Exploring Retirement

"The institutions and instruments which have been created to meet the problem of ageing, are in no position to provide us with a policy for that great majority of retired people who present no problem at all"

Peter Laslett: A Fresh Map of Life.

Exploring Retirement was created for those of us who regard ourselves as, in Laslett's words, "no problem at all". Each month we provide articles on well-being in retirement and also feature an activity to explore. Exploring Retirement is written by and for retired people, to assist active retirees make the most of their additional years of good health. No one knows it all, we are all explorers in this new land. We trust that you will continue to enjoy our monthly publication and please tell your friends about the site.

I recently came across a short essay on later life by Harvard Professor Shoshana Zuboff. It seems to me to resonate with what I believe Exploring Retirement to be about, as she discusses the qualitative change concealed within the quantitative change of longer life expectancy. I have included it under the heading "Food for Thought" as one of this month's articles. I hope you find it interesting. Let me know what you think.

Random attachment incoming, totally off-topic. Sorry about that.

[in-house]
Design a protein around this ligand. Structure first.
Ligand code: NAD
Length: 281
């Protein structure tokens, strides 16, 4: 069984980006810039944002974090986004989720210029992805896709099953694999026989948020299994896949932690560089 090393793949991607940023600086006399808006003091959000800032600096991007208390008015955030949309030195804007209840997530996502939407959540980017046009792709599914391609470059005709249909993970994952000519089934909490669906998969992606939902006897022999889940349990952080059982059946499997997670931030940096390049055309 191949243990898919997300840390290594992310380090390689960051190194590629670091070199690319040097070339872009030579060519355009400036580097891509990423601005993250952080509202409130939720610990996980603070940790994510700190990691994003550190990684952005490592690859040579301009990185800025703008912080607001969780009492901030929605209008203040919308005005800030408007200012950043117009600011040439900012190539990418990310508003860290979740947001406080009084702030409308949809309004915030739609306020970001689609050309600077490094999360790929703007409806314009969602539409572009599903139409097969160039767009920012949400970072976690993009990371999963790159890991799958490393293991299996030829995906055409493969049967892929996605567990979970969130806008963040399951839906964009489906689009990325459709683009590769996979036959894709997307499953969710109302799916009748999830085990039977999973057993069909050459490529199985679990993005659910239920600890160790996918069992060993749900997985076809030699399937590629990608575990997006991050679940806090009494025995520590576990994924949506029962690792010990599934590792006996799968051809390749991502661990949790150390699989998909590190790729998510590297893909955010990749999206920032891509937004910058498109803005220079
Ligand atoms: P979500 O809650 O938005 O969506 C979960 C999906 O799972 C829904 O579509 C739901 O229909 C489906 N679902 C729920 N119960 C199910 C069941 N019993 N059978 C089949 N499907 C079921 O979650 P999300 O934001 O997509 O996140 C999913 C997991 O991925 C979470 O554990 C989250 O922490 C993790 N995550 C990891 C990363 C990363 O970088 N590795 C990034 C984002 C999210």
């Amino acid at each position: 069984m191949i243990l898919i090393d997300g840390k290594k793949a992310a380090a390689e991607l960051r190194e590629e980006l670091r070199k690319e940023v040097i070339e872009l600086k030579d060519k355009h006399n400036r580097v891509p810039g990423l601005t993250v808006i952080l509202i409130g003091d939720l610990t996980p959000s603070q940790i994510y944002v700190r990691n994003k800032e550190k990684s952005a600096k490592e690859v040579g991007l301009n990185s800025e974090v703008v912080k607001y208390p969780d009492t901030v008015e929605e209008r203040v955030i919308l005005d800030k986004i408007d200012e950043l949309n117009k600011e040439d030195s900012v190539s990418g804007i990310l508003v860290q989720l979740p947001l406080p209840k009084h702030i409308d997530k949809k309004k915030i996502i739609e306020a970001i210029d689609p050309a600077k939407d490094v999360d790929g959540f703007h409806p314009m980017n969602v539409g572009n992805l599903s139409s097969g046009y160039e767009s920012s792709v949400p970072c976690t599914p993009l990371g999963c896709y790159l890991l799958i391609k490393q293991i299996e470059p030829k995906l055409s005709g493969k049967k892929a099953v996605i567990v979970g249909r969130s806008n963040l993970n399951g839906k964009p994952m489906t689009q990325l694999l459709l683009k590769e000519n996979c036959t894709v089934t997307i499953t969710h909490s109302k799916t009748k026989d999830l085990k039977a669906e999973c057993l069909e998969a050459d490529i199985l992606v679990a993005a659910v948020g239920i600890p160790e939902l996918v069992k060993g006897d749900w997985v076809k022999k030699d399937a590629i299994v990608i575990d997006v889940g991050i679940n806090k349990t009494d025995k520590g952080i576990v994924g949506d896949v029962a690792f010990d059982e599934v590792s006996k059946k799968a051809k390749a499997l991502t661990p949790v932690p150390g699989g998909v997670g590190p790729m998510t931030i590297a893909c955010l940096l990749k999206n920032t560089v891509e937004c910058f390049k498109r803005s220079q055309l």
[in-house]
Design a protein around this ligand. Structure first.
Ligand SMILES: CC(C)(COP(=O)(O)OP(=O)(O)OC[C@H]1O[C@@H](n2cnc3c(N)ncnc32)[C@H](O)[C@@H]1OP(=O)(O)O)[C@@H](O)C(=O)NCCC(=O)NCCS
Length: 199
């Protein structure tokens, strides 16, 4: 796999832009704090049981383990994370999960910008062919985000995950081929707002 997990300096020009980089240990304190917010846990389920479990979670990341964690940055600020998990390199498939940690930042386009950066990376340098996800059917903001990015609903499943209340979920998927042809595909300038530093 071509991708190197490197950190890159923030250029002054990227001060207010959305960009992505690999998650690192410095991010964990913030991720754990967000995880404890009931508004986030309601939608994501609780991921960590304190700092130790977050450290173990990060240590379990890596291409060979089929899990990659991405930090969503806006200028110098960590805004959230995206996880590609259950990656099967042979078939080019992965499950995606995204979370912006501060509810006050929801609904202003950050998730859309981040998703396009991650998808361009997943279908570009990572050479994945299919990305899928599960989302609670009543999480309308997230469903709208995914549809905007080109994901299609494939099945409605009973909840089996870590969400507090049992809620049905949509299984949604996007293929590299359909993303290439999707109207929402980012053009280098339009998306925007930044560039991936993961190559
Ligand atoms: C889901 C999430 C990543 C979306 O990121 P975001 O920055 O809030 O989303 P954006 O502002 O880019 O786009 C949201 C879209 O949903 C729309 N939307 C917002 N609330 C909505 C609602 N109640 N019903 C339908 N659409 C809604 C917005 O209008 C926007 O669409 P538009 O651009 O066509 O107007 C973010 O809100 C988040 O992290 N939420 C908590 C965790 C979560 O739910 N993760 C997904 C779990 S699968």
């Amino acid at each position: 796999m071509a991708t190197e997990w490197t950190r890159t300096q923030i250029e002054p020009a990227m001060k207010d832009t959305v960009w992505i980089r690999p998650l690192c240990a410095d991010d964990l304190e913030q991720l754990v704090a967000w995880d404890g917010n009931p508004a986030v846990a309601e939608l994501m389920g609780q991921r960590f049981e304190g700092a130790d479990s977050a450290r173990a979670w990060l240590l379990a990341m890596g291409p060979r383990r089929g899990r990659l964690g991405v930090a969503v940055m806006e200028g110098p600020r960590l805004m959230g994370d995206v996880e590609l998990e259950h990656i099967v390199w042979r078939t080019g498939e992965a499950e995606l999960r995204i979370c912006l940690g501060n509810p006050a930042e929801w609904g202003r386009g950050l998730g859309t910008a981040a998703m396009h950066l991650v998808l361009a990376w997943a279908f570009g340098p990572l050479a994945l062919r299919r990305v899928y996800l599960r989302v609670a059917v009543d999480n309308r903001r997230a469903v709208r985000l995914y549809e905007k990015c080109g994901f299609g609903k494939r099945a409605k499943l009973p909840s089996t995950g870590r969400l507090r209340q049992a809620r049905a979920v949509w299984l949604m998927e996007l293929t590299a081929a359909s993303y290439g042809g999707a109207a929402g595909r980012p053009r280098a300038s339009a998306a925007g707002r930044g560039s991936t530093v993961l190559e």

New writers are welcome, so if you are interested, please contact editor@exploringretirement.co.uk. For ideas to write about, have a glance at the July 2014 issue of Exploring Retirement, available by clicking on "Past Issues" in the navigation bar on the left of this page. These are only suggestions, please contact us if you have a different topic you would like to share your thoughts on.

Writing team

We have three regular contributors on our writing team. Here they are with a brief note explaining their principal areas of interest:

John Copelton, EditorDr John Copelton - well-being in retirementMichael McSorley, contributorMichael McSorley - lively comment on sport and cultureJeannette Lewis, contributorJeannette Lewis - inspiring ideas on retirement living

How do we know what foods are good for us?